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The Netherlands is a top EU tax haven for corporations, an Oxfam analysis of European Commission data shows. Of 33 harmful tax practices listed by the EU executive, 17 were identified in the country currently holding the EU presidency. These findings emphasize the need for effective EU measures against tax avoidance by multinational companies – a call to action for member states’ finance ministers who meet in Brussels on Wednesday.
Oxfam’s analysis is based on the “Study on Structures of Aggressive Tax Planning and Indicators”, a report which the European Commission published in January as part of its proposal for an Anti-Tax Avoidance Package. The Commission report outlined 33 indicators of harmful tax practices allowing multinational companies to avoid tax. It then analyzed which indicators could be identified in each EU member state. However, the report did not compare member states’ respective performance on good tax governance.
Oxfam Novib, the anti-poverty organization’s Dutch affiliate, took on the task of identifying the worst offenders when it comes to facilitating corporate tax avoidance. Ranking EU member states by the number of indicators identified for each country, the Netherlands came first of the worst in this ranking with 17 indicators applicable, followed by Belgium (16 indicators) and Cyprus (15 indicators).
The long list of practices allowing companies to reduce their tax bills in the Netherlands includes the availability of so-called patent boxes: when profits are channelled through this special tax regime, taxes drop from 25% to 5%.
In addition, the Netherlands is host to more than 14,000 money-channelling (conduit) companies, most of them letterbox firms. The amounts which international companies channel through these firms – up to EUR 3.5 trillion a year – are highly disproportionate to their economic activities in the country. In 2013, 83 percent of all incoming and 78 percent of all outgoing foreign investments passed through such conduit companies (most of which are letterbox companies) in the Netherlands.
These findings come at a time when the Netherlands, holding the Council presidency, has a crucial role of leading the efforts of EU member states in tackling large-scale tax dodging. When EU finance ministers meet on Wednesday to discuss a European Anti-Tax Avoidance Directive, the Dutch worst practice example must act as a reminder that strict rules preventing tax avoidance are vital.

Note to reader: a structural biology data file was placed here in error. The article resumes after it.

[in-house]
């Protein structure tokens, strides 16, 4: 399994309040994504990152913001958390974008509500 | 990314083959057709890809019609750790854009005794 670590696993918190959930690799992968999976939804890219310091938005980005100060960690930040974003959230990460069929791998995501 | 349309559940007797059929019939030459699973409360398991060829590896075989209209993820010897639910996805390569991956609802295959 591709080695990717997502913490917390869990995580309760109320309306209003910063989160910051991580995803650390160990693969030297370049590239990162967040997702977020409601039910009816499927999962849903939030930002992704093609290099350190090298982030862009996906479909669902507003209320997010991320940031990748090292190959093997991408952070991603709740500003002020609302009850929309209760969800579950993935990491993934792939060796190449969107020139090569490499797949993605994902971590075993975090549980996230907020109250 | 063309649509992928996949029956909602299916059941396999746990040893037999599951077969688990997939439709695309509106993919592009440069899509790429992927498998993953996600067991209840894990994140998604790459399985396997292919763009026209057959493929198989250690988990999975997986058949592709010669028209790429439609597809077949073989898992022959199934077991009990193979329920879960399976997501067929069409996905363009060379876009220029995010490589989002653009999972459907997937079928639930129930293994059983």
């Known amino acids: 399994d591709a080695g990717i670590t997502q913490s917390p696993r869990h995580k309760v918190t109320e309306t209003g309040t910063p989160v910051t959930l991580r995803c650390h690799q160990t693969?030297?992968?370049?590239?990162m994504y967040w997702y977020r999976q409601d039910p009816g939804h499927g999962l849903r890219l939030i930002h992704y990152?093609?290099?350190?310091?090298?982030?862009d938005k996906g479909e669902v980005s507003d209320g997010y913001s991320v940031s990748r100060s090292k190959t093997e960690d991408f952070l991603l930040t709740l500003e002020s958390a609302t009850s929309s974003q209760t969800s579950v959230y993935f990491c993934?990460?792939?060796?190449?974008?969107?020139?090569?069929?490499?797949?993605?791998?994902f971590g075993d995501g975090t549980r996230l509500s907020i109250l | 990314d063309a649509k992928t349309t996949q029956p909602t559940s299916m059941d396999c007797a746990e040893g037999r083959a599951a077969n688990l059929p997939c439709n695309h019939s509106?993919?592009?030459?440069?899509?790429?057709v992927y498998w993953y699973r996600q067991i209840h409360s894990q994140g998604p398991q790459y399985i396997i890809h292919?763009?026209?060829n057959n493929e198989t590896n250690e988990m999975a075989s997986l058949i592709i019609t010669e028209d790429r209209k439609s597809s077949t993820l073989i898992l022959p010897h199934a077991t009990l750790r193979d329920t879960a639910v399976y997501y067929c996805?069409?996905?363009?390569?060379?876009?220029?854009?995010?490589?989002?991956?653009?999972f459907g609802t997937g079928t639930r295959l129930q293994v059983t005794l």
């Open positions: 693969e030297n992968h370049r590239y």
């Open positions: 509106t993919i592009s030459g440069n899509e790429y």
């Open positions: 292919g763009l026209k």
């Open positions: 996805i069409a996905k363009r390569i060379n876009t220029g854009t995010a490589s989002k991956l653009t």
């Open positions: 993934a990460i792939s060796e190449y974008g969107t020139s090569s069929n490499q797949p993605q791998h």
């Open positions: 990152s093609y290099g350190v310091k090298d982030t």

Oxfam’s policy advisor on tax justice, Esmé Berkhout, said:
“It is ironic to have a country that is a top EU corporate tax haven leading the bloc’s discussions on anti-tax avoidance measures. The Netherlands must back away from policies which allow big companies to dodge taxes at the expense of other EU member states and developing countries.
“Europeans are fed up with ever new tax scandals like the Panama Papers, Lux Leaks and Offshore Leaks, which have exposed how governments pander to big companies. Tomorrow’s meeting of EU finance ministers will test all governments on their willingness to finally make companies pay their fair share of tax.
“The anti-tax avoidance directive will only be effective if it delivers straight forward, easy to implement rules that target companies’ subsidiaries in tax havens. Such measures – known as CFC rules – must not give too much leeway for the implementation in member states. Otherwise, it will be impossible to prevent companies from shifting their profits into tax havens.”
Notes to editors
- “The Netherlands: a tax haven” is the English summary of an Oxfam Novib report. Read the full report in Dutch published on 12 May 2016.
- Oxfam fights for global tax justice because companies, like all of us, must pay their fair share of tax. Tax revenues are needed to support essential public services, including health care and education, both in developed and in developing countries.
- Controlled Foreign Company (CFC) rules are a crucial measure against profit shifting into low-tax jurisdictions. If the income of a company’s subsidiary abroad is taxed at a low effective rate or not taxed at all, then CFC rules apply and the tax authority of the company’s home country taxes the income of the foreign subsidiary. The main aim of CFC rules is to discourage profit shifting to tax havens which should benefit both developed and developing countries.
- In March 2015, Oxfam published “Pulling the Plug – How to stop corporate tax dodging in Europe and beyond”, a briefing note that explores ways to fight corporate tax avoidance in the European Union. It explains why it is vital for the EU to adopt legislation against tax dodging as soon as possible.
- In December 2015 and ahead of the publication of the Anti-tax avoidance directive by the European Commission, Oxfam, together with ActionAid and the EPSU, sent a letter to the Director-General for Taxation and Customs Union of the European Commission. The document outlines the organisations' position and demands regarding corporate tax avoidance and an external strategy of the EU on tax good governance.
- The “World Investment Report” of the United Nations Conference on Trade and Development (UNCTAD) estimates that developing countries lose at least US$100 billion per year in corporate tax revenue due to tax dodging by large companies.